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Old 09-19-2011, 07:33 PM
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Default A classic .22 auto rifle: the Browning!



I'm starting to put together an article on a rifle that's been around long enough to be called a classic - the Browning .22 Automatic. I thought you might be interested in some facts on this little rifle.

It was designed by John Browning and first marketed way back in 1914. Fabrique Nationale made them for the European market, and Remington sold them in this country as the Remington Model 24. Early models had a loading port in the top of the wrist of the stock; later models load through a port on the right hand side of the stock, near the center of mass of the stock. They've been made in both .22 LR and .22 Short. I remember shooting one as a gallery rifle at a state fair back when I was a kid in the '50s.

The Remington Model 24 was made in the U.S. from 1919 to 1935. FN started importing their version to the U.S. from Belgium in 1956, and continued to do so through 1974. Then in 1976, production was handed off to Miroku in Japan, and current manufacture still originates from there.

The little rifle is trim and smooth. It's a takedown design, easily disassembled into two parts without tools at the juncture of the barrel and receiver via an interrupted thread arrangement. The tightness of the joint there can be adjusted.

Ejection is downward from the bottom of the receiver, making it suitable for either left or right-handed people, and keeping gasses and debris from striking the shooter's face. The Belgian examples feature hand checkering of the stock and hand engraving on the sides of the receiver. Japanese versions have machine-initiated checkering and engraving. The rifle holds 11 .22 LR cartridges in the tubular magazine, and the rounds feed from the top of the bolt; a unique feature as far as I can determine. Several grades have been made, varying in stock finish and engraving, some with special metal finishes and inlays.

Over half a million of these little jewels have been sold since 1914, and the rifle is still regarded as one of the best autoloading .22s out there. John Browning was reputed to have been very proud of this particular creation of his. This "Grade I" example was made by FN back in 1959 - it's darn near eligible for Social Security, but it still shoots great! The rifles have never been cheap, but they exude quality throughout.

Perhaps some of you have one or more of these rifles - post some pics if you do!

John
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Old 09-19-2011, 08:06 PM
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Default Squirrel rifle

Hi John,
These are neat little rifles. What a treat to carry too!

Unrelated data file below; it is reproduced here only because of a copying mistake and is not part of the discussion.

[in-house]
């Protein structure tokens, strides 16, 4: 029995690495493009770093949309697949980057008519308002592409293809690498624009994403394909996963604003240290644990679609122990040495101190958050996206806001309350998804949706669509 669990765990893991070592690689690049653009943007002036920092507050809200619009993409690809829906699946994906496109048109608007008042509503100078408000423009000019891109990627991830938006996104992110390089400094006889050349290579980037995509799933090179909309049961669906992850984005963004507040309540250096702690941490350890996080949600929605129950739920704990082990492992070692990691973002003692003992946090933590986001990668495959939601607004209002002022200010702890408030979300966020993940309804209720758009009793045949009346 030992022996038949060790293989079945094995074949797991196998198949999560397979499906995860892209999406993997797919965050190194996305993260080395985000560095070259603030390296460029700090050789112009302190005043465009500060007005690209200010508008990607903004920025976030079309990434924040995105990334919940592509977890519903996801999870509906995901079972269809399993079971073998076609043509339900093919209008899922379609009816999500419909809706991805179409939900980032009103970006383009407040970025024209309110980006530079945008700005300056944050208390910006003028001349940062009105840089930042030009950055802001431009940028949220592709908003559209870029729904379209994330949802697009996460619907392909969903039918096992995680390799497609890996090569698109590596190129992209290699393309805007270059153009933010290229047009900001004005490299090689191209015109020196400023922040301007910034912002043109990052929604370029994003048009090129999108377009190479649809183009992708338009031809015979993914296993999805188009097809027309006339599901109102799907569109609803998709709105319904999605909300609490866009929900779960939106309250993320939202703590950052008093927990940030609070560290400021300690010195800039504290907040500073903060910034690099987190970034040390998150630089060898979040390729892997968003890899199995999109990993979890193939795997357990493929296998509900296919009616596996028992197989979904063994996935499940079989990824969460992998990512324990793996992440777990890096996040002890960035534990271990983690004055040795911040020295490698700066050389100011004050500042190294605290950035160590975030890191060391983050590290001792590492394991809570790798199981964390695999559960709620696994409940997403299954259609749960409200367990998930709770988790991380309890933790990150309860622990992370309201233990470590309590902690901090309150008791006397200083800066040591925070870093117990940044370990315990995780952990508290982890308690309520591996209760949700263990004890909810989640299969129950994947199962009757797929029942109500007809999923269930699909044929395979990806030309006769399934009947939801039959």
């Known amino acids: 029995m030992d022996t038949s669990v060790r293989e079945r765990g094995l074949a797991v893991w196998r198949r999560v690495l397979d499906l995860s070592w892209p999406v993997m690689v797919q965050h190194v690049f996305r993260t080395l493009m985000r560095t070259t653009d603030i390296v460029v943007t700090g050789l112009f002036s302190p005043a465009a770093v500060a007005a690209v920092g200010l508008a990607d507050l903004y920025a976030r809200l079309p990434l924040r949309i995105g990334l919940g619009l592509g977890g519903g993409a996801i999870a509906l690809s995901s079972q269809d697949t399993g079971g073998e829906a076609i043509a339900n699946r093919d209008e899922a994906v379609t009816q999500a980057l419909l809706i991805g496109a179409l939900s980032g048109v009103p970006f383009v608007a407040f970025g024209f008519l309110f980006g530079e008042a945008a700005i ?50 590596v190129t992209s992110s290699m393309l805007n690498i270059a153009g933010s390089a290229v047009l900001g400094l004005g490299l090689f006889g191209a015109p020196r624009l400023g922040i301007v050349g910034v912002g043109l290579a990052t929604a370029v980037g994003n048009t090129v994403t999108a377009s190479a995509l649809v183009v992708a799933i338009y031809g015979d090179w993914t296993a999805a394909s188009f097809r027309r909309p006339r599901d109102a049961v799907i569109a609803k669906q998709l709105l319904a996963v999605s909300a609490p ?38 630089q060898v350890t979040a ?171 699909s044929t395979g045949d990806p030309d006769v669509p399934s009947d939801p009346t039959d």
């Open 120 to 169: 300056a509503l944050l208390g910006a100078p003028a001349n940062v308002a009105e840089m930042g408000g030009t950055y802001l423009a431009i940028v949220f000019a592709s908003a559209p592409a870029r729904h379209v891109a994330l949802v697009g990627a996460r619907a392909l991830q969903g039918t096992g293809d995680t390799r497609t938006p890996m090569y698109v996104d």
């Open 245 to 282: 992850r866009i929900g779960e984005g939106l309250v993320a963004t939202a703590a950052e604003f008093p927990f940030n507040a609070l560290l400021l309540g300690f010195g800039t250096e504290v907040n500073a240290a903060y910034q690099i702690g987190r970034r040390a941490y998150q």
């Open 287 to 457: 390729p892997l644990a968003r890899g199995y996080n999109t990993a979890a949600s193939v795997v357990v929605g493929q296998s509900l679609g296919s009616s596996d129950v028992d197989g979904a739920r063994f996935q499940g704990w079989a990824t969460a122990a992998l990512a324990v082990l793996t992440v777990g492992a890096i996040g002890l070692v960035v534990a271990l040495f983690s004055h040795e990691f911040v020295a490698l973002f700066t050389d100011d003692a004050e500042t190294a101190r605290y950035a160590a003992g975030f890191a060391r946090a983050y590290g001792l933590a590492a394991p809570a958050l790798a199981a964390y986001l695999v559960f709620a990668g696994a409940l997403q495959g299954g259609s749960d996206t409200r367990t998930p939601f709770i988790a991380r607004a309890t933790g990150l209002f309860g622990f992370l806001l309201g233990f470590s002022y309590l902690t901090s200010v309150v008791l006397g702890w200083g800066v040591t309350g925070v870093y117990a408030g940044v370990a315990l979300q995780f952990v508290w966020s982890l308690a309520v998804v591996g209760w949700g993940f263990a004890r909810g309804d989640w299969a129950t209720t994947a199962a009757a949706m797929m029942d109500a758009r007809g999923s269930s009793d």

Here is mine.

Thanks
Mike
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Old 09-19-2011, 08:13 PM
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Fascinating design the way it loads through the side of the stock but the plunger is in the butt....
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Old 09-19-2011, 08:57 PM
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They are nifty little rifles but the tiny receiver makes the buttstock look hugely out of proportion. I much prefer the later BAR .22 which was, sadly, discontinued.
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Old 09-19-2011, 09:13 PM
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As a teenager I was green with envy since a buddy had one and my rifle was a Winchester single-shot. As an adult I bought the first one that I could afford, and I have been using it steadily for more than 30 years.
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Old 09-19-2011, 09:36 PM
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Would love to show you mine, but my house was broke into in 1982 and it was taken. It was a gun I had always wanted. They also took a Sako Finnbear, Winchester 101 O/U 20ga, Browning Sweet 16 and a couple of Remington shotguns. Heartbreaker! The next day or so I went to Buckhorn Trading Post in downtown Dallas, that was right next door to the Police Department and bought a Series 70 Colt 45 and a box of Federal Hollow Points. Man, did I want them to come back!
Bought that gun for one reason. Still have it and the ammo, never fired. Still have receipt.
That's the bad, the good is you have inspired me to go buy me another Browning 22.
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Old 09-19-2011, 09:51 PM
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I have a Japanese version that wears a Leupold 4x Rimfire Special scope. It is a gun that I have always wanted. Sadly it took me 30 years to get it. It is accurate, fun to shoot, and has quality machined blue steel and walnut construction. Browning has done a good job keeping their quality level high.
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Old 09-19-2011, 10:05 PM
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Quote:
Originally Posted by RonJ View Post
They are nifty little rifles but the tiny receiver makes the butsttock look hugely out of proportion.
Most guys who like this rifle also like boob jobs.
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Old 09-19-2011, 10:36 PM
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My dad had one, serial # 1T13737. He sold his Model 63 Winchester for the princely sum of $50 to buy the Browning from Donís & Benís Liquor Store in San Antonio, around 1960.

He was real proud of the Browning. Dad passed away in 1995, and we were unable to locate his Browning .22 or his Auto-5 20 gauge at the ranch near Hamilton or at home in San Antonio. He never told me he had traded them off, so Iíve always wondered what happened to them.

Nice guns!
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Old 09-19-2011, 11:58 PM
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I have one of the old Belgian "wheel sight" guns, and it is just a joy to carry and shoot. Don't have pics handy but will try to get a couple in the near future. One thing I've learned the hard way, though. Don't wear long sleeves. The empty cases will be shucked right up 'em and those things can be HOT when they're stuck against your forearm!
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Old 09-20-2011, 12:43 AM